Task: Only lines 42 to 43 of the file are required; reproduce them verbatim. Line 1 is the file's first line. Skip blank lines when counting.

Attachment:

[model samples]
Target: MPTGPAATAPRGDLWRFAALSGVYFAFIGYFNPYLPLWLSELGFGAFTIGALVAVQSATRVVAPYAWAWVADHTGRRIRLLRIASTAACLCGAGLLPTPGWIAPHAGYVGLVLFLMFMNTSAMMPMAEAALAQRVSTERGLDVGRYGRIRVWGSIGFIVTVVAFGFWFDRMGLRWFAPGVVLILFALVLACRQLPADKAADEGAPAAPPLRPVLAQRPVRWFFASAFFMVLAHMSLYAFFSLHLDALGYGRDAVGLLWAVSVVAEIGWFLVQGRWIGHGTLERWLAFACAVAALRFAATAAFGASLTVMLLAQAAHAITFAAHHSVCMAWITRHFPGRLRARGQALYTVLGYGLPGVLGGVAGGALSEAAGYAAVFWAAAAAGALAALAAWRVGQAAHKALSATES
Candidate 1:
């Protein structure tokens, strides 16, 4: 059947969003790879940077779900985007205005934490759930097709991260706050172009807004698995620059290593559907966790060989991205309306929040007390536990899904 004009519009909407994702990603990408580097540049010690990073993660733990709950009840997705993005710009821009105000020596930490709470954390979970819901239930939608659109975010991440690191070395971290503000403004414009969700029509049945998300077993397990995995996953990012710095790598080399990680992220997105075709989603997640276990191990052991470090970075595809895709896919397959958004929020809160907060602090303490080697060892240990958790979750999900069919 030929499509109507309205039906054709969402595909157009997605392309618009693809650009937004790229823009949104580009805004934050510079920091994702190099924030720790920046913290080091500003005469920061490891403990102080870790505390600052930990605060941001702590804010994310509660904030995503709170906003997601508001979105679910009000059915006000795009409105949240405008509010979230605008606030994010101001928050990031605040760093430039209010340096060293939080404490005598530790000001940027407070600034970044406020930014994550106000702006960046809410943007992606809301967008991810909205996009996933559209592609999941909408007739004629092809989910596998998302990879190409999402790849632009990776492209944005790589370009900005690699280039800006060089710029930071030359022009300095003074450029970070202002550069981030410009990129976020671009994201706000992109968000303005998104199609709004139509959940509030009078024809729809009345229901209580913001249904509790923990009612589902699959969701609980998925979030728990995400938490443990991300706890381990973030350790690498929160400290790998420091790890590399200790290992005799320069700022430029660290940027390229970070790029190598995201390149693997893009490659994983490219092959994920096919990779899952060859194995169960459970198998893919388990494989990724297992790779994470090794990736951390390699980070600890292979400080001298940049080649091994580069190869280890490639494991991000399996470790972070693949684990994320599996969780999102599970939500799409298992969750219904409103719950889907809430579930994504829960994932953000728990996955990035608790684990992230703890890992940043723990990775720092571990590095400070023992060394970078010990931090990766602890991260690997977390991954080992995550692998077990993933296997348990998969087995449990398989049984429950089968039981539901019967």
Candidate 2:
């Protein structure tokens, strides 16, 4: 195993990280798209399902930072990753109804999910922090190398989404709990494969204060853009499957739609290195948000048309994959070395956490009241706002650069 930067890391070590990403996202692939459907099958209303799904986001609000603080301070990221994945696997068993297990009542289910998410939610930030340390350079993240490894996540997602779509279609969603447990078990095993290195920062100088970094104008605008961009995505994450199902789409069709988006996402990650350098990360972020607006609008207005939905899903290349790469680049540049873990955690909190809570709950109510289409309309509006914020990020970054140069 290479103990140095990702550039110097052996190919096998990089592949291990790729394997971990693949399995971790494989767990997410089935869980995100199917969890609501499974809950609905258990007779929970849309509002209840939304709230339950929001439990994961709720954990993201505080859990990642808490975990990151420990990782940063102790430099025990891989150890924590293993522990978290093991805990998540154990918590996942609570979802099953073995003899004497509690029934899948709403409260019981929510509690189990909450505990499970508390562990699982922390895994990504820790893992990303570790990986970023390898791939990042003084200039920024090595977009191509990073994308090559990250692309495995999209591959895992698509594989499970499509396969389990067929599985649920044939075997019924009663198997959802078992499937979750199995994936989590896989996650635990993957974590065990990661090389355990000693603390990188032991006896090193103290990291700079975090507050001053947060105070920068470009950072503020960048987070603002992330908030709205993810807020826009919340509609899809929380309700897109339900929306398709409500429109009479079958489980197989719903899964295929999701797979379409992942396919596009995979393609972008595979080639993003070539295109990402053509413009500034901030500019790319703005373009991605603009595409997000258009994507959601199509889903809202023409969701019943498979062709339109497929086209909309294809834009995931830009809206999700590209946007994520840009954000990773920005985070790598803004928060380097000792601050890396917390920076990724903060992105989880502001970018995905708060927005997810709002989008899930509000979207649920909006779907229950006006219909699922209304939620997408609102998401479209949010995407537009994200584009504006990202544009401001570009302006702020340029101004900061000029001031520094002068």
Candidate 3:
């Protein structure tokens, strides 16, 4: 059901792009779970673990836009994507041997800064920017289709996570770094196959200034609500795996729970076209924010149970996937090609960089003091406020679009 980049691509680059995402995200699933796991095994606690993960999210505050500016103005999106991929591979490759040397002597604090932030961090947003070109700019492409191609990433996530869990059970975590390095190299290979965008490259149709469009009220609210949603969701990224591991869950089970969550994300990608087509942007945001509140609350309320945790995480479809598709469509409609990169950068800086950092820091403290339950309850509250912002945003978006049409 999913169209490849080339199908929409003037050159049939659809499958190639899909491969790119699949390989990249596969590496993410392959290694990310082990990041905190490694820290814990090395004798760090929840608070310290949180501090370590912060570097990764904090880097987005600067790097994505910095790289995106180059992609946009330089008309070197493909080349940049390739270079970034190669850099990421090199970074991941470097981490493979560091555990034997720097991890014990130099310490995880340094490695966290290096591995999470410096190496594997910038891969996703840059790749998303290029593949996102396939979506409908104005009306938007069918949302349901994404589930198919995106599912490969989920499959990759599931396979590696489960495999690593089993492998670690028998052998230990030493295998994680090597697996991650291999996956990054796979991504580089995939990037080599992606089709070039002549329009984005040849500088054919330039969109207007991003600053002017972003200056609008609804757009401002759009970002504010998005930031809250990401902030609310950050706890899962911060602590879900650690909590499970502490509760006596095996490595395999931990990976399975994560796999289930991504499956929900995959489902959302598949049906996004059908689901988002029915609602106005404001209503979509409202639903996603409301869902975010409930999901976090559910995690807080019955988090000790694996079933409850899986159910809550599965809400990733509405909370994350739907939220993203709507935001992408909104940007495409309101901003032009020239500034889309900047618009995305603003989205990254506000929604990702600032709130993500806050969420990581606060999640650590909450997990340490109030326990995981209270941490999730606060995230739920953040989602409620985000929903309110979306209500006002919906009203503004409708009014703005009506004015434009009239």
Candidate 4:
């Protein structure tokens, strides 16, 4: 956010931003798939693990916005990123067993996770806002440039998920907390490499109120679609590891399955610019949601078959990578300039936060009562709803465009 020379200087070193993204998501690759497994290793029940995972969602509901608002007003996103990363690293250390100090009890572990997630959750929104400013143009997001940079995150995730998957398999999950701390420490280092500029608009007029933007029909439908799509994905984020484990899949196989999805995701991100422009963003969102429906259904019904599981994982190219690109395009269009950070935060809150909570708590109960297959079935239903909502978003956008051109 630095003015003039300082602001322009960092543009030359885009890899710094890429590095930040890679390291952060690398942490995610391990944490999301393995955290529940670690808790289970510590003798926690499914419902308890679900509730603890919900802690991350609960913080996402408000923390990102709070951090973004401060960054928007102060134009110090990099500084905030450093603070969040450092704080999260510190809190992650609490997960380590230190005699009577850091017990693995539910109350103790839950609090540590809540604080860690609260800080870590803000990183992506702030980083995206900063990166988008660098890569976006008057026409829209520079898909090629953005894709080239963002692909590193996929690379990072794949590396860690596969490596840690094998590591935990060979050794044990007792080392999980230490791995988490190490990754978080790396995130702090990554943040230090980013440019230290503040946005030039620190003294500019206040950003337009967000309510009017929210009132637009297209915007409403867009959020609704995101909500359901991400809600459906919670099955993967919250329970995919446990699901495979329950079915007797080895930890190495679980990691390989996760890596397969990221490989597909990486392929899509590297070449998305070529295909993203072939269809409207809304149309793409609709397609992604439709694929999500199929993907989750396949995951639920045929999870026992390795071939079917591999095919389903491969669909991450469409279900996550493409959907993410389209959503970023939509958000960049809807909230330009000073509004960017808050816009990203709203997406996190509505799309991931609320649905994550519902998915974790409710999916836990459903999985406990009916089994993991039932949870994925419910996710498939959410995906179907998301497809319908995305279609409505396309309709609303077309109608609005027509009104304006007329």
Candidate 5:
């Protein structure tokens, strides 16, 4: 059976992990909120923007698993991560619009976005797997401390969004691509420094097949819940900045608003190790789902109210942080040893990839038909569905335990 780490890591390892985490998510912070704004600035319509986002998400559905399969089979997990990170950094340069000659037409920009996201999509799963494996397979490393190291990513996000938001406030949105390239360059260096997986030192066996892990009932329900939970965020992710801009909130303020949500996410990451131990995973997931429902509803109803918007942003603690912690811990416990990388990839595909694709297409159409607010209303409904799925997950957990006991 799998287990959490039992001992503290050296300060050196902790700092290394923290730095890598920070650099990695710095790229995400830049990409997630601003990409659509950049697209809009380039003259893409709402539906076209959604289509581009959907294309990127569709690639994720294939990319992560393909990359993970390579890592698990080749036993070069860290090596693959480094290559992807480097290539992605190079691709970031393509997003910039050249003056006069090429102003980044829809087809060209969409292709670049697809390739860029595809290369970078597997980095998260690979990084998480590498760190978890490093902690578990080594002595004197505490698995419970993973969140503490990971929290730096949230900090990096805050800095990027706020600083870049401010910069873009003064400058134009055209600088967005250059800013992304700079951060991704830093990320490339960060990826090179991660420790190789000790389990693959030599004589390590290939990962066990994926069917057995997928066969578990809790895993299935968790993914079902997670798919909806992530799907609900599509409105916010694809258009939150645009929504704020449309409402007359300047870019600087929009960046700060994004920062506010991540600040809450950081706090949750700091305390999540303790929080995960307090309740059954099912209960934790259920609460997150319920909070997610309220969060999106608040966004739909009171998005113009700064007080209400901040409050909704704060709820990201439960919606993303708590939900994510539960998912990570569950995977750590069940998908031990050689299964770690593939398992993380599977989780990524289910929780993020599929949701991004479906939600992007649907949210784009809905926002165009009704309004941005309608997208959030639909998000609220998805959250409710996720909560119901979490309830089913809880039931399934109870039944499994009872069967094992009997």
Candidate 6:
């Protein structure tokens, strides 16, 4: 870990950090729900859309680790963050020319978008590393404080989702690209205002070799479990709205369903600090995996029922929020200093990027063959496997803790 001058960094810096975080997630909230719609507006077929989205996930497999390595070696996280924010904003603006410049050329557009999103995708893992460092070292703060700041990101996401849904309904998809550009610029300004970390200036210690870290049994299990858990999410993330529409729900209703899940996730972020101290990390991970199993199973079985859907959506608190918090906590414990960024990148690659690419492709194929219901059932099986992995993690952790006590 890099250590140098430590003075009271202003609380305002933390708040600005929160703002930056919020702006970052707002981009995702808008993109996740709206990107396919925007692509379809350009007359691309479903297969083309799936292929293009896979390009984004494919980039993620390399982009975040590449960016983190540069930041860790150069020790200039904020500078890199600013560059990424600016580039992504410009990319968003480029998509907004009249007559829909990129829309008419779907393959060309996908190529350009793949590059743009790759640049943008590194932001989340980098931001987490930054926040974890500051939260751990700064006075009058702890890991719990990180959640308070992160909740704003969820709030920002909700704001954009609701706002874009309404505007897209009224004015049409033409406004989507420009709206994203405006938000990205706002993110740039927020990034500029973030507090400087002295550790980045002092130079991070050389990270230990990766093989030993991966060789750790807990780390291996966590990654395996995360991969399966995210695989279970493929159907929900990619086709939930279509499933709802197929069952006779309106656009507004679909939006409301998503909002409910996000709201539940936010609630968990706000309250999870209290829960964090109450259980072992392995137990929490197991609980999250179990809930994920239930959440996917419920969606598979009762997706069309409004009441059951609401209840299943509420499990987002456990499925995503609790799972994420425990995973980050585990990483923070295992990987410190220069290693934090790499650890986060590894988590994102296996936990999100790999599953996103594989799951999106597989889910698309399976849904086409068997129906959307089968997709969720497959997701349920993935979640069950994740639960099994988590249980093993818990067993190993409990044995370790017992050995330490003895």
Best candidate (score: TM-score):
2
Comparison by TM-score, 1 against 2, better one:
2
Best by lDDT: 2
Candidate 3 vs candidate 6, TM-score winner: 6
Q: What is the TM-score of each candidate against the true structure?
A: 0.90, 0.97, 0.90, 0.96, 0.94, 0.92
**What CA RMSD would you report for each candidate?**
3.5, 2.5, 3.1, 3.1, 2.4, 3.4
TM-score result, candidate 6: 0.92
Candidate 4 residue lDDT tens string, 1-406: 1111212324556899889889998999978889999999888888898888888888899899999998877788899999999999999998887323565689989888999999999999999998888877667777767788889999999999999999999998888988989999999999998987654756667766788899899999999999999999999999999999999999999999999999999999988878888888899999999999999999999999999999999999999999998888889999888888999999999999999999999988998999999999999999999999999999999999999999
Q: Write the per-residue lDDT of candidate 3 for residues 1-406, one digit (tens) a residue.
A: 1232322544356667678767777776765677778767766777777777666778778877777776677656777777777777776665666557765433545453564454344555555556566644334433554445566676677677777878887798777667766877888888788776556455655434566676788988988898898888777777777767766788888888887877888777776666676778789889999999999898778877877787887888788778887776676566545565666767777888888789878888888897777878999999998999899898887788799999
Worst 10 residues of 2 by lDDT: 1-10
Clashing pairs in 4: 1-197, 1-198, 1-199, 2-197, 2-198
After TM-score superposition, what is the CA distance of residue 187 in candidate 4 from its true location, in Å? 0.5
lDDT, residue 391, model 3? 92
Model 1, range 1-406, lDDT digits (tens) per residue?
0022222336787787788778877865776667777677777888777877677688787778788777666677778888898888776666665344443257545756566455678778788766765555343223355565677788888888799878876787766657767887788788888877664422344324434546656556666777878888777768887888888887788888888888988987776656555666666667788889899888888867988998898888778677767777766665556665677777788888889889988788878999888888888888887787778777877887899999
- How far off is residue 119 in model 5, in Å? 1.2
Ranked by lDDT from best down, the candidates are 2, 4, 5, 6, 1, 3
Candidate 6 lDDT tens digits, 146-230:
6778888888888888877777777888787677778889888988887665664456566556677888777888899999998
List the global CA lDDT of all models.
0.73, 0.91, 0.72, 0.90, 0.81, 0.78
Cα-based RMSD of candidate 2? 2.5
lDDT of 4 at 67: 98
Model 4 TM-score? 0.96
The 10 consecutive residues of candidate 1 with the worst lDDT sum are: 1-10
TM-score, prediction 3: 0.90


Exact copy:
lDDT of 4 at 67: 98
Model 4 TM-score? 0.96